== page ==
How to Write an Addictive First Chapter

One of the best compliments people have given to Exodus is that the first chapter grabs them, and launching them right into the text. So I decided to share how this chapter was crafted.

First of all, before I begin let me say not everyone likes the book. I’m not painting Exodus out to be the second coming of the Lord of the Rings or anything. There has been some constructive feedback that I will apply to future books. In other cases, I have been absolutely shredded by those outraged by the book’s position on religion (no surprise there).

But most of those that say anything seem to like it. Some call it a compulsive read right out of the gate, with nods to the first chapter. And that’s funny to me because I actually deleted the original first chapter ten years ago.


I deleted the whole damn thing.

The original first chapter was overburdened with backfill, the story of how we got to this moment kind of thing. “And through the centuries after the the Great Sickness.” It sucked, and was totally boring.

I read somewhere that every author should lop the first chapter off their text. It’s always important to the author, but rarely to the reader.

The current first chapter was rewritten at least a dozen times. My head tells me more than 20, but I don’t want to exaggerate.

I wanted to create that moment in time when everything gets turned on its head! Novels are usually about something or someone remarkable. Stories always start somewhere, the day in the life kind of thing. Begin when the remarkable events change characters’ lives, and let the book provide the context.

The wounded man crawling down the path toward the the village was rewritten to be that moment. It had to be active. Creating tight sentence structure was critical. I recall repositioning this numerous times. Even this past winter I paired down the chapter to tighten it. And then Jennifer Goode Stevens edited it even further.

The framing was intentionally unusual and menacing, in large part because I wanted to set the tone for the grave danger that forms the premise of the novel (trying not to spoil the plot here). Setting the tone for a book has to occur in first chapter. It needs to convey the general direction of the novel. In the case of Exodus, alarm had to drip off the page, and hopefully it does.

Finally it needs to end with the hook. In Exodus, the danger is revealed and you are left hanging right there. If I couldn’t get you to chapter two and beyond on that opening salvo then I suck as a writer. Straight up.

To me the first paragraph of a novel is the most important one, as is the first chapter. If the novel fails to captivate readers from the get go, it’s highly likely that it will be put down like a bad tasting sandwich. I know I put down books within the first 20 pages if they don’t grab me, and I do that no matter how good the reviews are.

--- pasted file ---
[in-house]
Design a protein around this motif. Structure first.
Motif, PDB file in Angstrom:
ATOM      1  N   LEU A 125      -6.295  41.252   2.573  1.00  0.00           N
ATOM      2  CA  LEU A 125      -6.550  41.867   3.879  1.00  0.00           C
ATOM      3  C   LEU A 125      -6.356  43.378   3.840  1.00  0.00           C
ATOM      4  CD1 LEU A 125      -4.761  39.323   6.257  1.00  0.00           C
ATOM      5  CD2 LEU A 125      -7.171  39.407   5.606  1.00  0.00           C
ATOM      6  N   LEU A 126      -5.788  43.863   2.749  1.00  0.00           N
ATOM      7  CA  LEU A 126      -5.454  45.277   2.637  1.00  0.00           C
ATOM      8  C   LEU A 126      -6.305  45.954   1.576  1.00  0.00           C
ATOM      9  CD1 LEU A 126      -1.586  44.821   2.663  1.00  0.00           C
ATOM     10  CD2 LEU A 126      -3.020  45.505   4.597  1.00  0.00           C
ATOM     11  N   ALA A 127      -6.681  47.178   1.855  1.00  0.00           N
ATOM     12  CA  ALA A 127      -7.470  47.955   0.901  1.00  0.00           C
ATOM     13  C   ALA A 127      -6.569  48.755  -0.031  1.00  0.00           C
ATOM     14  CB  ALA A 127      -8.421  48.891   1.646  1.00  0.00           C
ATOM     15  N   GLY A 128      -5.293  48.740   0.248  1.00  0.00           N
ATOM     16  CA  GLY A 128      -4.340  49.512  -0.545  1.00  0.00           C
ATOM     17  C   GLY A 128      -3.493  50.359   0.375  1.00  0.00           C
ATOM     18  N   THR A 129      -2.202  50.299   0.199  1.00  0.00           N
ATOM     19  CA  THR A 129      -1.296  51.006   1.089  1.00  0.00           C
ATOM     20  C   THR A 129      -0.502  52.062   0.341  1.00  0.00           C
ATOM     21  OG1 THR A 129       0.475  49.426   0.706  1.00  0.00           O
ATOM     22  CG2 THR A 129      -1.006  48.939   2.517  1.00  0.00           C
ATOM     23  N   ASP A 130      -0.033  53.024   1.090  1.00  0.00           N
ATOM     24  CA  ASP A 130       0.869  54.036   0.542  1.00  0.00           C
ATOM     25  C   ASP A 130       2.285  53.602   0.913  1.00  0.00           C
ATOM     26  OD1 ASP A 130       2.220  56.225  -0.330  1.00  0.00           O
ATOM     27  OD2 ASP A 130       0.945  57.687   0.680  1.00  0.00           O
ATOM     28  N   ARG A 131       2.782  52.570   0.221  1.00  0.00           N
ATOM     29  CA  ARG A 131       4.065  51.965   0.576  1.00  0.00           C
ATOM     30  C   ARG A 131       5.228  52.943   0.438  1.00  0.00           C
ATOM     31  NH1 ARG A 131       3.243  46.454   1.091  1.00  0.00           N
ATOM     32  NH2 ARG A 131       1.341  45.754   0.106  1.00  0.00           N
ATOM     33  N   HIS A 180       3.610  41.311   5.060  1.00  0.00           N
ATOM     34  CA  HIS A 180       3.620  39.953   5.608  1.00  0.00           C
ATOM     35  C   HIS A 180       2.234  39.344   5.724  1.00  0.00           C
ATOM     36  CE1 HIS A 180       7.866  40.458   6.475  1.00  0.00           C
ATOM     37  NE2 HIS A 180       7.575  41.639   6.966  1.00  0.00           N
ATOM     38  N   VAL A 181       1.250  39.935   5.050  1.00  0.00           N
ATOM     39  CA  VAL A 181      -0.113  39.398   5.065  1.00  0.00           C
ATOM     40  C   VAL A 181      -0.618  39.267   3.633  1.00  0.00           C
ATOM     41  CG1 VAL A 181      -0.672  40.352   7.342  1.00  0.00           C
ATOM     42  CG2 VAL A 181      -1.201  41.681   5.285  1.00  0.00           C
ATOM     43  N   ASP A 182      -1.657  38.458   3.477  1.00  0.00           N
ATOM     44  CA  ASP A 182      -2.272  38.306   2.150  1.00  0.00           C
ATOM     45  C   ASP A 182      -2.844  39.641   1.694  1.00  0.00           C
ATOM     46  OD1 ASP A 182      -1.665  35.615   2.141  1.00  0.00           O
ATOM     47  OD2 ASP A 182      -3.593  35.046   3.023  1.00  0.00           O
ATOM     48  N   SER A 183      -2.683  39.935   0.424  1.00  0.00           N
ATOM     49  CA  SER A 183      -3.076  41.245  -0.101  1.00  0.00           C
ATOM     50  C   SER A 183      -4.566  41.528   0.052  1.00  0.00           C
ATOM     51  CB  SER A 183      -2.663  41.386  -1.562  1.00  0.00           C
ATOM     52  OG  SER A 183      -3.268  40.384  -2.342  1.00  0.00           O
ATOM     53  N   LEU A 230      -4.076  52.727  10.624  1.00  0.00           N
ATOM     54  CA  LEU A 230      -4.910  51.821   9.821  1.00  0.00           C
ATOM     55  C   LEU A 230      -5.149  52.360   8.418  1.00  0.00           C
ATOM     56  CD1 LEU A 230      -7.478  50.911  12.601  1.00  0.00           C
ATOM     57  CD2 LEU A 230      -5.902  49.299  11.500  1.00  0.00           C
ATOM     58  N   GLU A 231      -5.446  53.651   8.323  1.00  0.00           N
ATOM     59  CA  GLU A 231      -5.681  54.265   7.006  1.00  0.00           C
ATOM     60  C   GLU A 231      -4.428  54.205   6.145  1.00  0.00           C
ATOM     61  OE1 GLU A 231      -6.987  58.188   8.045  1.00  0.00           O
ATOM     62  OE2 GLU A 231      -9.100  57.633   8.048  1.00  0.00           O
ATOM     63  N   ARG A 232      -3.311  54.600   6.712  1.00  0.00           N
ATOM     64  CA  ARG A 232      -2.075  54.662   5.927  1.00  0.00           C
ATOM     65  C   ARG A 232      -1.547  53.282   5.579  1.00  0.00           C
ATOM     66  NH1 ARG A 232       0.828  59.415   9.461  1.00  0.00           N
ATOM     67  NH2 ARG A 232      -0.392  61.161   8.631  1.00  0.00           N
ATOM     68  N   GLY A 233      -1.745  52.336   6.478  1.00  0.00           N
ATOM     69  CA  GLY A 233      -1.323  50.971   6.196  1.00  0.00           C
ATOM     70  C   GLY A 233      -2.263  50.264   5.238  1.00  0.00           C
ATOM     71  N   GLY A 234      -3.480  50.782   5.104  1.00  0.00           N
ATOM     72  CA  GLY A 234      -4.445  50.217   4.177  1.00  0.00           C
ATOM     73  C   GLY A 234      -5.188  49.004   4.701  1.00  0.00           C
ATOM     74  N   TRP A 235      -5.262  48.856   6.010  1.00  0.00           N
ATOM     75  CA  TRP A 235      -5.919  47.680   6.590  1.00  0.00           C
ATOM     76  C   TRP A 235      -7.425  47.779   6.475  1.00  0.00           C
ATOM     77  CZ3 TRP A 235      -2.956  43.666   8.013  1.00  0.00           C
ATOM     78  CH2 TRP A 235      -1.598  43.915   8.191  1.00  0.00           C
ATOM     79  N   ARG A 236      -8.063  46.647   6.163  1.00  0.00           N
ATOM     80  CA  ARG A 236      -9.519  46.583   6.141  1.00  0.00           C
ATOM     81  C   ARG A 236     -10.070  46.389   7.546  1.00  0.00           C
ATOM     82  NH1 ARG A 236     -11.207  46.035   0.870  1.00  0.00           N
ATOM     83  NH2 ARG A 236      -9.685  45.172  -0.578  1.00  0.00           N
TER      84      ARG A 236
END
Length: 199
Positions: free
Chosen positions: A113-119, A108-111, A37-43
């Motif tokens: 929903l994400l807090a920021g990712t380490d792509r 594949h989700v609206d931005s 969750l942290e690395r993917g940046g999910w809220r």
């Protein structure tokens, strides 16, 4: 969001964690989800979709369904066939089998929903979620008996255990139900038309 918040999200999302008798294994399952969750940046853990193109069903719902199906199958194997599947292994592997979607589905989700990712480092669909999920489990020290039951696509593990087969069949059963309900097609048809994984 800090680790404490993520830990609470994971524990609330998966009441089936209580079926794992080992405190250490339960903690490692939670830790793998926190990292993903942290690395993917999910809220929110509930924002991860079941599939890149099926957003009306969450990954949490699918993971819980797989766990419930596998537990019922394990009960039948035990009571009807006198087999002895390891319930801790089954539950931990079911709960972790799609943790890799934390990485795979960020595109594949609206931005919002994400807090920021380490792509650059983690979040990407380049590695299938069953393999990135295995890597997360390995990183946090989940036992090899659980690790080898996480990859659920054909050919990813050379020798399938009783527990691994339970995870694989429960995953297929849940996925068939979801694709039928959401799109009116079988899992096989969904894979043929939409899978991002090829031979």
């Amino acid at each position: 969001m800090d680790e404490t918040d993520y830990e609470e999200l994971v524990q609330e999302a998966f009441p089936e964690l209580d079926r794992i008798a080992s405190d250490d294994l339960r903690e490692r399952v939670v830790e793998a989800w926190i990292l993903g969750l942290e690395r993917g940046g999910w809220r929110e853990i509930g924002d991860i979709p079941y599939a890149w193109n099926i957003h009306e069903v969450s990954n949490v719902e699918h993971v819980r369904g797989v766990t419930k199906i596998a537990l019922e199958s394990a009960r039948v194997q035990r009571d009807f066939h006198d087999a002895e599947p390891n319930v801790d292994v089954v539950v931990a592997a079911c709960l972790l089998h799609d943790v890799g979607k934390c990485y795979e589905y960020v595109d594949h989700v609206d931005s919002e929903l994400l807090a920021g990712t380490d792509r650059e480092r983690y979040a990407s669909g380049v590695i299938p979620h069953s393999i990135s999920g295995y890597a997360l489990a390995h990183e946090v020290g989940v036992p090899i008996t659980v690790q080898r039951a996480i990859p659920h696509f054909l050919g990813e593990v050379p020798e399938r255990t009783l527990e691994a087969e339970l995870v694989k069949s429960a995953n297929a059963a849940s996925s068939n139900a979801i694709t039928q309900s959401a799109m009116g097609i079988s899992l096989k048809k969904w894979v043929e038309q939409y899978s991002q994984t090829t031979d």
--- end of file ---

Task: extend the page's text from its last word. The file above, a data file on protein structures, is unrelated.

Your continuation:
Resonate or collect dust (or ether dust bunnies). What do you think?


  • You’re right. There is a lot of truth to it for new writers. Years ago, I held a writers workshop where we offered to edit the first three chapters of each author’s manuscript. We received about 20 submissions and almost all of them needed the first few pages (if not chapter) edited out of existence.

    Most of the time, the first chapter draft is a novice just warming up. People like to start reading when everything is already red hot.

    • With today’s attention defecits, a writer cannot afford to dally with their own hubris and cleverness. A story must grab someone from the very beginning. I mentioned Kim Stanley Robinson to @ErinFeldman:disqus, and you should just see how 2312 opens up. My God. The book leaps, literally!

  • I’m often stating that works should begin en media res. In my longer works – even the academic ones – I’ve usually lopped off the first paragraph or reworded it so many times that it no longer resembles the original.

    Writing poetry may help, too. My poems have an undercurrent of narrative, but it’s not the primary thing. I don’t provide explanations for how or why a thing is the way it is. The words, turns, line breaks, tone, and implicit relationships do much of that work.

    • It’s the show and tell that I need to work on. I obviously see how it can be mundane and limiting. At the same time, I am fascinated witht he way folks like Tolkien and Kim Stanley Robinson (today with 2312) get away with this! They are captivating!

      • I’m not sure how Tolkien does it. It’s one reason I stay away from fiction. :-)

        My undergrad professor would be helpful. He always was getting onto us about being concrete and showing rather than telling.

  • I definitely appreciated the first paragraph, and chapter, and I agreed that it added menace…and a totally unknown menace.

    I read the book. I’m Christian. I still can’t understand why you would get hammered by Christians in this book. Just look to history for the behavior of some religious leaders. I *am* looking forward to how how Malachi’s character is developed.

    • I agree, M. is meant to represent Christianity and takes a prominent role in the second book. But some people see the cover, read the first few chapters and are set in stone on what the book is about, religion bashing (not so). That’s OK, if everyone likes the book, it’s not being read enough!!!

      And thank you!

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